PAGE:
And there was no question Annebelle knew what she wanted.
MEETING WITH MEMORA
“My cousin makes logos and she had been helping me with business cards. My parents are my inspiration and my mother loved roses. I told my cousin ‘I want two red roses.’ But she didn’t know how to do that graphically. We took a picture of two roses and that’s what we were using.”
She needed something more professional. “It was very important for Memora to connect with my passion and vision, what I wanted for my business. They understood it immediately.”
“I remember going to their studio in Corktown and meeting Matt and Melissa. I explained what my vision was for my business, especially the significance of the roses. So Memora made DAD with two roses; one for my mom, and one for my dad. It symbolized them perfectly. Standing tall, side by side. Then they got to work on the logo for Blessed Hands Interpreting Services, the business side of my mission. It represents the circle of interpreters and those needing interpretation that we bring together. The two logos work together nicely, as sister organizations, in terms of style.
THE MEMORA EXPERIENCE
After the logo development, Memora designed new business cards, Annebelle was proud; she felt important. “It made me feel like ‘I’m out here in the world with everybody else. I have brands that are different from everybody else, my brands stand alone!”
But she still needed two websites! “I had a website done somewhere else and it was trash. Memora was able to create my vision into two online experiences for the whole world to see.” Motor City Match provided a grant for one of the websites and Memora was generous enough to work with me on the cost of the second, so I was able to have them do both at the same time.
“When they work with you on big projects like that, they spend the time with you to understand your vision and what you do. That is creating the experience for your clients. Any time you have a business or something that God has given you, that you want to manifest, you have to share that with somebody and trust that they won’t use your idea for themselves or someone else.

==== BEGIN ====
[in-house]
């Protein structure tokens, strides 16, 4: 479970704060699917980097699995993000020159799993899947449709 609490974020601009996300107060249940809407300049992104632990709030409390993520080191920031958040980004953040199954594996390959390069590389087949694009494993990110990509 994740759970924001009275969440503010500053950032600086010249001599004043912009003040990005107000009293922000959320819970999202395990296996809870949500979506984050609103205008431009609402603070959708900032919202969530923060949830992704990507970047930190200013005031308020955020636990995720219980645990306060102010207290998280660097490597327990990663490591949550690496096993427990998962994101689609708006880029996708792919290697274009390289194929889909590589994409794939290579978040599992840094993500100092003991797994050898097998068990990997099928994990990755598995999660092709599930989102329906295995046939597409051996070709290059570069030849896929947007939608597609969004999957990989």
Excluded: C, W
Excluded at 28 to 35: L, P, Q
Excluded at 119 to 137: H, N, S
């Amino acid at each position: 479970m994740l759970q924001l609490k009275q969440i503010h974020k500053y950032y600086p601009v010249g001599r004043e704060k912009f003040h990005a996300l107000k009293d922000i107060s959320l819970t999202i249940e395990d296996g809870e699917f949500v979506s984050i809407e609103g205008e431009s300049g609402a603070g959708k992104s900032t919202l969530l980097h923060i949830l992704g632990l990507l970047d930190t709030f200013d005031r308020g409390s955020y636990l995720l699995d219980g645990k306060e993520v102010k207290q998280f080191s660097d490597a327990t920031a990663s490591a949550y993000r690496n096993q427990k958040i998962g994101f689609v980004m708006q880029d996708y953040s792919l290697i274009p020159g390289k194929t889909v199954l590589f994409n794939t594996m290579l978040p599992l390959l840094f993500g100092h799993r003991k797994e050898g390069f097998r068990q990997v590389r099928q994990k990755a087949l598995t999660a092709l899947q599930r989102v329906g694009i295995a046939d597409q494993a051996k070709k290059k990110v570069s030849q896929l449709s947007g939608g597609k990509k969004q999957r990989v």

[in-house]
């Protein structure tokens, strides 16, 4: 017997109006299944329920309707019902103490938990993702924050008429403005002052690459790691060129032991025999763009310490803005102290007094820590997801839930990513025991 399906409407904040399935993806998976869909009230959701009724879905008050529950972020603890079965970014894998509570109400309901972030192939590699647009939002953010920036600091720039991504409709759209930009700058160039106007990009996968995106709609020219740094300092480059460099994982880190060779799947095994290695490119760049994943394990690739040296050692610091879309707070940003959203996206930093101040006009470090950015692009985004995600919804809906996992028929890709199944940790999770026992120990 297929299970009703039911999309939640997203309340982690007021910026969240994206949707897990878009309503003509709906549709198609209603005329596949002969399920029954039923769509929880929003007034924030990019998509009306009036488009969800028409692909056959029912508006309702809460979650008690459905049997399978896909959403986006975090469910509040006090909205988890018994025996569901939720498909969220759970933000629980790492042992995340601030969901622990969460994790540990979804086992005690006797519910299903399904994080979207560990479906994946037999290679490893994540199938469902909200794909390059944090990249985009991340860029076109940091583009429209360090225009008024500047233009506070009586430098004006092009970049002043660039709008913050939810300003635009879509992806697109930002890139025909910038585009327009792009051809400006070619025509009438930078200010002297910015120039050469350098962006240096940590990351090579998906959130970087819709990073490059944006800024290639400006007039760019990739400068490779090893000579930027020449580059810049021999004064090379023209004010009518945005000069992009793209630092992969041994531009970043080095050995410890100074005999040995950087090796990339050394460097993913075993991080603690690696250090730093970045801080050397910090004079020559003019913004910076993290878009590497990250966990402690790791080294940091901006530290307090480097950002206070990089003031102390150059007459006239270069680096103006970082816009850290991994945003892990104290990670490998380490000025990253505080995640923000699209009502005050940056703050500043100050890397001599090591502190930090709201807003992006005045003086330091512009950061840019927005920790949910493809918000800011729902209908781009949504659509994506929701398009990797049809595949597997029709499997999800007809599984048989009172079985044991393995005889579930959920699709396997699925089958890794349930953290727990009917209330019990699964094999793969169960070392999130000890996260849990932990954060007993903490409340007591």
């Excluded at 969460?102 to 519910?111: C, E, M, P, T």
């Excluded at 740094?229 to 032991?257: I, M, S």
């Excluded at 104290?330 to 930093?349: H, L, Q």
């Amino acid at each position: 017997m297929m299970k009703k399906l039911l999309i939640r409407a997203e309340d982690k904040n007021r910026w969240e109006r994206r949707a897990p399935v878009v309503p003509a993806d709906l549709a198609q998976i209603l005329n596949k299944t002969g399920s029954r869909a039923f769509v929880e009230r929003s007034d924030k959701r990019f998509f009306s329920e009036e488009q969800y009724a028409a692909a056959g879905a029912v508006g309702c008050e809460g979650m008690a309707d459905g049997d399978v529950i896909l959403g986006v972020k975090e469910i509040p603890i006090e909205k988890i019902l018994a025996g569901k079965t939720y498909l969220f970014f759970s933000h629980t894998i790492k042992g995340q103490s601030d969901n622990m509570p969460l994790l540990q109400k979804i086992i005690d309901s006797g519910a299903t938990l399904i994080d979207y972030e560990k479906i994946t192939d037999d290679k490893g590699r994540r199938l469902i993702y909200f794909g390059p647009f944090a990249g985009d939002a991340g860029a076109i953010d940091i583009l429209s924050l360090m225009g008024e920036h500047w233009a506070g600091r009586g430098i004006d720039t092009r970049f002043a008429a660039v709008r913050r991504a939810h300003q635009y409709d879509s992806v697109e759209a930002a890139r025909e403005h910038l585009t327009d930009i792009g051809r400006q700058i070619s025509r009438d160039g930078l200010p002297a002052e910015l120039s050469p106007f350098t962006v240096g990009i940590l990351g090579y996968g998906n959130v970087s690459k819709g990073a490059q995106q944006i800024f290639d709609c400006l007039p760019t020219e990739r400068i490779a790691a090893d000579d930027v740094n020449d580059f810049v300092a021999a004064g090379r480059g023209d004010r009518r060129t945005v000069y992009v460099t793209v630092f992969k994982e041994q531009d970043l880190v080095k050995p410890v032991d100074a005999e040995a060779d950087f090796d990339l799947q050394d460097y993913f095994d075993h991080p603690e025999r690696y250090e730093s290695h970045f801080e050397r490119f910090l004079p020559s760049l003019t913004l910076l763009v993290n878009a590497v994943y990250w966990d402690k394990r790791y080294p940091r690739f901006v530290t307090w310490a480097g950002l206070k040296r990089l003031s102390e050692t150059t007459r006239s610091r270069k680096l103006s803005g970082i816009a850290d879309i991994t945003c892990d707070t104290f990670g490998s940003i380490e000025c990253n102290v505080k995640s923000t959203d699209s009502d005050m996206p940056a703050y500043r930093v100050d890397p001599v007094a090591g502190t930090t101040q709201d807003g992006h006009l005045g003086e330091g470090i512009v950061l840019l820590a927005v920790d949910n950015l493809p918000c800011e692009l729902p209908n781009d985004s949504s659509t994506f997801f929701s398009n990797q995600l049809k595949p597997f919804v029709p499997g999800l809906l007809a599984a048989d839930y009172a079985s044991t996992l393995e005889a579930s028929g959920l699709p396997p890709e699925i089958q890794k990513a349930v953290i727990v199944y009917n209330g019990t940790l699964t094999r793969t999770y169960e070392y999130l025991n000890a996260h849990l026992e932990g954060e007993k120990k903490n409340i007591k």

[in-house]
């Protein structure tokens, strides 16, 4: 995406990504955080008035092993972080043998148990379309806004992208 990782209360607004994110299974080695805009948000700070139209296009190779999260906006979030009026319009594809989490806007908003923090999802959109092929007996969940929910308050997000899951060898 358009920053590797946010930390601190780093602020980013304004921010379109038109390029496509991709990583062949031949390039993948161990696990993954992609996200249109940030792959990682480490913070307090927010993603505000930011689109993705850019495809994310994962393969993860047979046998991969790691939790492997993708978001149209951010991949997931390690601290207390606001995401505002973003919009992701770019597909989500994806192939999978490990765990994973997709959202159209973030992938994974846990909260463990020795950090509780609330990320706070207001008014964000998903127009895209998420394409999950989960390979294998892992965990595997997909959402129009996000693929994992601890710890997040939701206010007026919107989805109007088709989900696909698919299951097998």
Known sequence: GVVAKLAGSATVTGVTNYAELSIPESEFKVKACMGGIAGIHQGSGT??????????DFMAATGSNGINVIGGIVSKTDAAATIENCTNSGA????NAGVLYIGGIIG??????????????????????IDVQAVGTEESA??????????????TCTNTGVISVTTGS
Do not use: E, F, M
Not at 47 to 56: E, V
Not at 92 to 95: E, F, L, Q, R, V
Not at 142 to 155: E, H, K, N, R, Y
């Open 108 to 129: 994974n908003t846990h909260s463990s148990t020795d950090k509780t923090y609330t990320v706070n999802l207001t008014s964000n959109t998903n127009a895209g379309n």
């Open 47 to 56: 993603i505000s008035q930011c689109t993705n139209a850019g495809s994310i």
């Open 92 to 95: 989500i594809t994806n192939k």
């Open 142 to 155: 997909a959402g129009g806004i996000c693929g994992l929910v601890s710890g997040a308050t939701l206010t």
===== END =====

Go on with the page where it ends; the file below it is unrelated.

“When I shared with Melissa, I didn’t hold anything back. I prayed that God would guide them and He did. Their design agency created a marketing masterpiece. That’s an experience right there in itself. What website design company is going to take the time to articulate and put our nonprofit brand’s vision out graphically and artistically? Who’s going to take the time to do that?
“They’re the people to see if you want quality work. You need to let them know your vision, what you’re looking for. Be honest and don’t hide. They know what to do and how to do it.
“They’re the plug that goes into the electric outlet. You plug it in and everything powers up.”
Annebelle has since hired Memora to build a third website for a new business she launched with her friend and business partner, Venita Driver. Blessed ASL Clothingline is an apparel company founded to empower the deaf community
by creating awareness that educates ALL OF US! And in the Fall of 2022, Memora we’ll be launching a refreshed 2.0 version of the DAD Foundation website.
BLESSED HANDS AND THE DAD FOUNDATION TODAY
“A deaf person shouldn’t fear they can’t go to the doctor. These states don’t understand that. Now I work with all kinds of people all over the country. My parents didn’t have that, they had me and my brother.
“Today I know how to advocate for others. I know what you need. I’ve been doing this for 56 years now. Your skillset makes you into the interpreter you are. You can’t tell me how to accommodate a deaf/blind or hard of hearing or blind person because I’ve been doing it all my life.
“SITUATIONS STILL HAPPEN”
“I’m used to it, but I don’t bite my tongue. If you can’t understand who we are and make the proper accommodations, then we don’t need to be there.”
“NOBODY SHOULD GO WITHOUT AN INTERPRETER, IT’S TOO IMPORTANT.”
“I’m blessed. The business has grown. The business is GROWING. In fact, there’s a shortage of interpreters. If anybody’s interested in learning how to be an interpreter or if you have the skills but not the experience, I want you to contact me at firstname.lastname@example.org and we’ll see what you’ve got.”